Habit 2: Begin with the End in Mind

Synopsis: Self-discover and clarify your deeply important character values and life goals. Envision the ideal characteristics for each of your various roles and relationships in life.

Habit 3: Put First Things First

Synopsis: Planning, prioritizing, and executing your week’s tasks based on importance rather than urgency. Evaluating if your efforts exemplify your desired character values, propel you towards goals, and enrich the roles and relationships elaborated in Habit 2.

The next three have to do with Interdependence (i.e. working with others)

Habit 4: Think Win-Win

Synopsis: Genuinely striving for mutually beneficial solutions or agreements in your relationships. Valuing and respecting people by understanding a “win” for all is ultimately a better long-term resolution than if only one person in the situation had gotten his way.

Habit 5: Seek First to Understand, then to be understood

Synopsis: Using empathetic listening to be genuinely influenced by a person, which compels them to reciprocate the listening and take an open mind to being influenced by you. This creates an atmosphere of caring, respect, and positive problem solving.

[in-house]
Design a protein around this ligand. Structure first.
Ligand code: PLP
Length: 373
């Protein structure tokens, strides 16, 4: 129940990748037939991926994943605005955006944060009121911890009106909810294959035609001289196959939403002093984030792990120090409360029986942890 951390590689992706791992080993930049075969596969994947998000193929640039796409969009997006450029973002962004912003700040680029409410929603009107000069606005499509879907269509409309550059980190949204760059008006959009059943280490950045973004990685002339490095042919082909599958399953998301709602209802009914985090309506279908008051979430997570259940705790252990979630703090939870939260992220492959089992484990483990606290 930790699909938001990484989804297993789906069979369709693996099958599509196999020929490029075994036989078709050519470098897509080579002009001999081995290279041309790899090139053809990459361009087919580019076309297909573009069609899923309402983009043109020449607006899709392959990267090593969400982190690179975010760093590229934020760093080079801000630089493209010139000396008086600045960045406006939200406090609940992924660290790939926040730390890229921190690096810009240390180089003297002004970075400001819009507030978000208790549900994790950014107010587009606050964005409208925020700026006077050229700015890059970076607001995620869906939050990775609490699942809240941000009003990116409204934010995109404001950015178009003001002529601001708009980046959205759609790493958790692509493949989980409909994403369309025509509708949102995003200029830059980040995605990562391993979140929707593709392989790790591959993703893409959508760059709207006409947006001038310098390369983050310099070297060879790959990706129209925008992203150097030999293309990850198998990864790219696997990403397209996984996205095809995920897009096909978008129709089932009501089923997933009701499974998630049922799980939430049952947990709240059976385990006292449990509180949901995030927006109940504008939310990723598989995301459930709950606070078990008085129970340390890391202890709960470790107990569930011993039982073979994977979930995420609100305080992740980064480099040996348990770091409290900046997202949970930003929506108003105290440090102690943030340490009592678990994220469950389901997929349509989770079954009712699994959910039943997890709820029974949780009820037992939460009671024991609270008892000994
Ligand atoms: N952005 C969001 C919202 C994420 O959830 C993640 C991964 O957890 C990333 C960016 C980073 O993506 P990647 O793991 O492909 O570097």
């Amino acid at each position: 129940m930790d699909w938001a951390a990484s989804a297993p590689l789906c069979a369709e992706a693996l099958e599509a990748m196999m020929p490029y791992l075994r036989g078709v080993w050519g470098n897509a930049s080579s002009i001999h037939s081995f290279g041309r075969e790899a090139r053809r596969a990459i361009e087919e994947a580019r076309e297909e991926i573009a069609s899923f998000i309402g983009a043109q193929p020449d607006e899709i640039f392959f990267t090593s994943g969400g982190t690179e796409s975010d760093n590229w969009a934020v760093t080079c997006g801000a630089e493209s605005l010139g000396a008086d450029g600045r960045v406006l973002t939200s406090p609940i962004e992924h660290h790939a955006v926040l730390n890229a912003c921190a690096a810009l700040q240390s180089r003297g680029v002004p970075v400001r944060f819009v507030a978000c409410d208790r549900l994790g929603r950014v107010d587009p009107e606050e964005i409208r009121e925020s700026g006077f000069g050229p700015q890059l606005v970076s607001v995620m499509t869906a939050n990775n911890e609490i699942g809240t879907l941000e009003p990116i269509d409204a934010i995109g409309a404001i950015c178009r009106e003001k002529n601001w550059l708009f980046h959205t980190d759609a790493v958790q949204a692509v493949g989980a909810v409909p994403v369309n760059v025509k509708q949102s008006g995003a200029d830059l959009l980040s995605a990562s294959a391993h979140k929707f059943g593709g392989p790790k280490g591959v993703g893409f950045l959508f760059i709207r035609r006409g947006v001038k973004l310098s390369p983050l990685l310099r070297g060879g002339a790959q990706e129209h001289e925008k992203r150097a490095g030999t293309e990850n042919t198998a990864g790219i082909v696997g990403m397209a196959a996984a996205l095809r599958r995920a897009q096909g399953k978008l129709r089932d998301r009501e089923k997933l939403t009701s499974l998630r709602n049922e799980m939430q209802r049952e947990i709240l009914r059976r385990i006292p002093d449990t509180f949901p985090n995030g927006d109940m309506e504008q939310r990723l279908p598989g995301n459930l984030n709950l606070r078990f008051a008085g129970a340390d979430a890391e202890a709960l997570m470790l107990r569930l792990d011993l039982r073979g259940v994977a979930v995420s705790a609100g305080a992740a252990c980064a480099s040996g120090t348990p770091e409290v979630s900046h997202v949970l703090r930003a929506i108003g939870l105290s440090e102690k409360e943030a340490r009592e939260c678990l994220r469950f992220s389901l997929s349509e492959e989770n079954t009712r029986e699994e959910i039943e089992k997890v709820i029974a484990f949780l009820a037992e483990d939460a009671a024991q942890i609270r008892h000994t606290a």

Habit 6: Synergize

Synopsis: Combining the strengths of people through positive teamwork, so as to achieve goals no one person could have done alone. How to yield the most prolific performance out of a group of people through encouraging meaningful contribution, and modeling inspirational and supportive leadership.

The Last habit relates to self-rejuvenation;

Habit 7: Sharpen the Saw

Synopsis: The balancing and renewal of your resources, energy, and health to create a sustainable long-term effective lifestyle.

The Importance of Clinical Experience for Getting Into an Internship: Helpful, yes. Absolutely Necessary, no